Dynamic in situ study of self-assembling organic phosphonic acid monolayers from ethanolic solutions on aluminium oxides by means of odd random phase multisine electrochemical impedance spectroscopy
Faculty of Applied Engineering Sciences
Engineering sciences. Technology
Electrochimica acta. - London
, p. 342-350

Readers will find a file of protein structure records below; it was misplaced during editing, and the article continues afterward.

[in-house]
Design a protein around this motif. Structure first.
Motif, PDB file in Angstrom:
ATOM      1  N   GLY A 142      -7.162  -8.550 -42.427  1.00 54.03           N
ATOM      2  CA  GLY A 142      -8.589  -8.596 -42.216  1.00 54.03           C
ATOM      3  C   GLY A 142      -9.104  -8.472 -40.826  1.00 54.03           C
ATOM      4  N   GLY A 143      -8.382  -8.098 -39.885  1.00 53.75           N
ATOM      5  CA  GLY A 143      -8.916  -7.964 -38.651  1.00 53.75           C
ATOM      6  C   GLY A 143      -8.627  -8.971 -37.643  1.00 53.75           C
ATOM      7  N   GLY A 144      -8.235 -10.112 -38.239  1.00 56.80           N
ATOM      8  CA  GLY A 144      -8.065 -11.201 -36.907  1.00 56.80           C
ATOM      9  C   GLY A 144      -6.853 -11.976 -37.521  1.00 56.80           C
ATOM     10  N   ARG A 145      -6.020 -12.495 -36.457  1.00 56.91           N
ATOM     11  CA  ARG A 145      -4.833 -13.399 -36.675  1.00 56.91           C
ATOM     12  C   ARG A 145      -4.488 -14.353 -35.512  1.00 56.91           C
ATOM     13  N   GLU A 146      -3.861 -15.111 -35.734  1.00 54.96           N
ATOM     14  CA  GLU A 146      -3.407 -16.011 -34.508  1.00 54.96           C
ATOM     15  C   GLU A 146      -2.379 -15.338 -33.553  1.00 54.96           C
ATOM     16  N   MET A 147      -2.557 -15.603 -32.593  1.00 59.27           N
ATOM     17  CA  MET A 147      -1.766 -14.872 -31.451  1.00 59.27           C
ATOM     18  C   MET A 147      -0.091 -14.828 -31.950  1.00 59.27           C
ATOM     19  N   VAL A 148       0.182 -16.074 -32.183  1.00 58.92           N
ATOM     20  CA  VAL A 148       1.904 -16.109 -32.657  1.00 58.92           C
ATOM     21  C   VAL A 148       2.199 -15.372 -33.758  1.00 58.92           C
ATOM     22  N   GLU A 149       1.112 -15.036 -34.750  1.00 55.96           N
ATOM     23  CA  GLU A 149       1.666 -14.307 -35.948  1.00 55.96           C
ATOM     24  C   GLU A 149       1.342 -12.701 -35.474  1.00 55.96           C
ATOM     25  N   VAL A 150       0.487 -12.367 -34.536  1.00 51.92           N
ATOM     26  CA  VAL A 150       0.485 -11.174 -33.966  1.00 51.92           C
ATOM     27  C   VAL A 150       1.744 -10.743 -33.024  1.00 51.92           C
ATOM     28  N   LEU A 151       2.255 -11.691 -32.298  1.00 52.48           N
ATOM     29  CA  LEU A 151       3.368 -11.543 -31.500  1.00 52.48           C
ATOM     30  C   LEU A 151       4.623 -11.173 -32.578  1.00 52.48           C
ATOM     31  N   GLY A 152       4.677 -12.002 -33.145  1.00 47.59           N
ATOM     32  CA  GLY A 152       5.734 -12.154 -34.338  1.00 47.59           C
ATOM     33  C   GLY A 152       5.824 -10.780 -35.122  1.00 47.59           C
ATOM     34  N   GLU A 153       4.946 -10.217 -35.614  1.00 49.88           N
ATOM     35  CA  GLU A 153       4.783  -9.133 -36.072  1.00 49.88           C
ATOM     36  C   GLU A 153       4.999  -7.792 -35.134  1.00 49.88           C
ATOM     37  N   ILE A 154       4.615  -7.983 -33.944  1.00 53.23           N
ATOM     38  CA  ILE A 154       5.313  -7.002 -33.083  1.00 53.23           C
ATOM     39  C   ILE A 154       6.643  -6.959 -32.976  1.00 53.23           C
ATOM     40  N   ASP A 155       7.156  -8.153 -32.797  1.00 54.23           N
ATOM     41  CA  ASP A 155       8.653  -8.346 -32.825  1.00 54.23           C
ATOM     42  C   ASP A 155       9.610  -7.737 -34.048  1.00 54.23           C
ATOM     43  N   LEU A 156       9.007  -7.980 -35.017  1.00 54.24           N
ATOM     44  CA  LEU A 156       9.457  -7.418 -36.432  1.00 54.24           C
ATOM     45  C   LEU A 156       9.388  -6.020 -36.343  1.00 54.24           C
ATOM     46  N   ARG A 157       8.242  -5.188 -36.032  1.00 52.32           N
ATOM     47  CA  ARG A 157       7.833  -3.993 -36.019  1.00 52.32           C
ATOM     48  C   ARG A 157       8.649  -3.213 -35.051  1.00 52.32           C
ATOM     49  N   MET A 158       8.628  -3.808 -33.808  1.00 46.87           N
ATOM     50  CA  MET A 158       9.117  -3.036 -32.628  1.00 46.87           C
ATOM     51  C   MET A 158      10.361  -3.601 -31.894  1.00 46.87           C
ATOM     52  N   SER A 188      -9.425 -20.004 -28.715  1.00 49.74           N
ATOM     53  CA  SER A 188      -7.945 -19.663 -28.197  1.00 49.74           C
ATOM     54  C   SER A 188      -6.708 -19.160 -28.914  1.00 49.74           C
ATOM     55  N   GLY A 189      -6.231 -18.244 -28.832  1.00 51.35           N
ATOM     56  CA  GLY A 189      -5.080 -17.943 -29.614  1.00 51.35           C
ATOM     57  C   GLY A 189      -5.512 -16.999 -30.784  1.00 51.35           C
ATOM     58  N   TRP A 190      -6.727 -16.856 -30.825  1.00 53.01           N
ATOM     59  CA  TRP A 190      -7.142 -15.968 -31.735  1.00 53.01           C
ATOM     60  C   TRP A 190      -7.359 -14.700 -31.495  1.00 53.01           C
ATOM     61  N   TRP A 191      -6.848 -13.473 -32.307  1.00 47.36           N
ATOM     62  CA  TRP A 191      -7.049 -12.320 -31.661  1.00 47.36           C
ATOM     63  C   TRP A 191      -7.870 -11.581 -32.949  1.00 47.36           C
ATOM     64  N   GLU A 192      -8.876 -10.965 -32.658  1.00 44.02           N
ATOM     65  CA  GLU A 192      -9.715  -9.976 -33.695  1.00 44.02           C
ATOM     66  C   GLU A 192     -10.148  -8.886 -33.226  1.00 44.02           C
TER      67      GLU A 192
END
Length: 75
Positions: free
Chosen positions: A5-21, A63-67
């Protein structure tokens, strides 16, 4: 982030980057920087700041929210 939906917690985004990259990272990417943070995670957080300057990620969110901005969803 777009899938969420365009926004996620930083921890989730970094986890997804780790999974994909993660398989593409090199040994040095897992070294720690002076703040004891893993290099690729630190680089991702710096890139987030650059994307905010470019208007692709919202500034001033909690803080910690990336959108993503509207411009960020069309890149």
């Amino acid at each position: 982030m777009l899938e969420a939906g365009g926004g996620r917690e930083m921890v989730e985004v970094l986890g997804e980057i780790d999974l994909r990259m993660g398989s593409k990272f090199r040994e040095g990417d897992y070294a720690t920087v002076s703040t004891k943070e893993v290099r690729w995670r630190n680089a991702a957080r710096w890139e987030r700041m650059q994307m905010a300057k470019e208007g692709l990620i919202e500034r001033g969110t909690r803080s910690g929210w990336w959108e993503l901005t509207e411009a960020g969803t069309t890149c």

The study of self-assembling monolayers on various oxide substrates is a scientific field still in full development. One of the challenges in this type of work is to probe the interactions in situ and dynamically. In this study a novel approach to investigate the adsorption of n-octylphosphonic acid on aluminium oxide from an ethanolic solution through odd random phase electrochemical impedance spectroscopy is presented. A model is proposed to describe the system and its validity is statistically established. It is observed that molecules adsorb on the surface. It is proven that the acid-base condensation reaction expels water which stays nearby the hydrophilic surface. Furthermore, it is shown that the phosphonic molecules bind ionically with the oxide surface. The work in this manuscript clearly shows that ethanol as a solvent is not suited to form stable organic acid layers on the surface. Due to the fact that water diffuses slowly in the bulk solvent, hazardous local environments are created at the oxide surface. During adsorption, the oxide is at the same time attacked. In this work, it is shown that odd random phase multisine electrochemical impedance spectroscopy is the ideal technique to not only investigate in situ dynamically the adsorbing behaviour of very thin films, but also to comprehend what happens with the buried substrate. Moreover, complex models can be used to fit the datasets obtained as it is possible with this analysis technique to prove statistically that they are correct.